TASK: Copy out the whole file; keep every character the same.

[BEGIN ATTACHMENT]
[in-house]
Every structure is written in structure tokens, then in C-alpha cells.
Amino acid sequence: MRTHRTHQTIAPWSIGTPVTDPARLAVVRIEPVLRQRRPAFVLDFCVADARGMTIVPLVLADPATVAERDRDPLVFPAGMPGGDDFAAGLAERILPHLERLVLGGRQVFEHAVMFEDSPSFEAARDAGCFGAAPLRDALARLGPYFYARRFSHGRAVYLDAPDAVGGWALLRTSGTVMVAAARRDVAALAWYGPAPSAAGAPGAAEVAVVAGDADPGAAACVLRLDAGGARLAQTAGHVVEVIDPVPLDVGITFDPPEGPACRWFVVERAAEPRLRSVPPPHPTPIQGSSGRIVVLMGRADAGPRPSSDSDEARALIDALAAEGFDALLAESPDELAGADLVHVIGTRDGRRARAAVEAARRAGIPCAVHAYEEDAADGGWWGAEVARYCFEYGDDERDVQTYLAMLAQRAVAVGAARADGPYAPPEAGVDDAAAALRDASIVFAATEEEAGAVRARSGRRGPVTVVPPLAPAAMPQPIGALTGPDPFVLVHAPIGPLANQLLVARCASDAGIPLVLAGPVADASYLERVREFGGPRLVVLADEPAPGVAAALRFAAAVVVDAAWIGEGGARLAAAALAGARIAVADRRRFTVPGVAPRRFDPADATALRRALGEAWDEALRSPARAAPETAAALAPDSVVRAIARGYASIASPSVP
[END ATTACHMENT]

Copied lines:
[in-house]
Every structure is written in structure tokens, then in C-alpha cells.
Amino acid sequence: MRTHRTHQTIAPWSIGTPVTDPARLAVVRIEPVLRQRRPAFVLDFCVADARGMTIVPLVLADPATVAERDRDPLVFPAGMPGGDDFAAGLAERILPHLERLVLGGRQVFEHAVMFEDSPSFEAARDAGCFGAAPLRDALARLGPYFYARRFSHGRAVYLDAPDAVGGWALLRTSGTVMVAAARRDVAALAWYGPAPSAAGAPGAAEVAVVAGDADPGAAACVLRLDAGGARLAQTAGHVVEVIDPVPLDVGITFDPPEGPACRWFVVERAAEPRLRSVPPPHPTPIQGSSGRIVVLMGRADAGPRPSSDSDEARALIDALAAEGFDALLAESPDELAGADLVHVIGTRDGRRARAAVEAARRAGIPCAVHAYEEDAADGGWWGAEVARYCFEYGDDERDVQTYLAMLAQRAVAVGAARADGPYAPPEAGVDDAAAALRDASIVFAATEEEAGAVRARSGRRGPVTVVPPLAPAAMPQPIGALTGPDPFVLVHAPIGPLANQLLVARCASDAGIPLVLAGPVADASYLERVREFGGPRLVVLADEPAPGVAAALRFAAAVVVDAAWIGEGGARLAAAALAGARIAVADRRRFTVPGVAPRRFDPADATALRRALGEAWDEALRSPARAAPETAAALAPDSVVRAIARGYASIASPSVP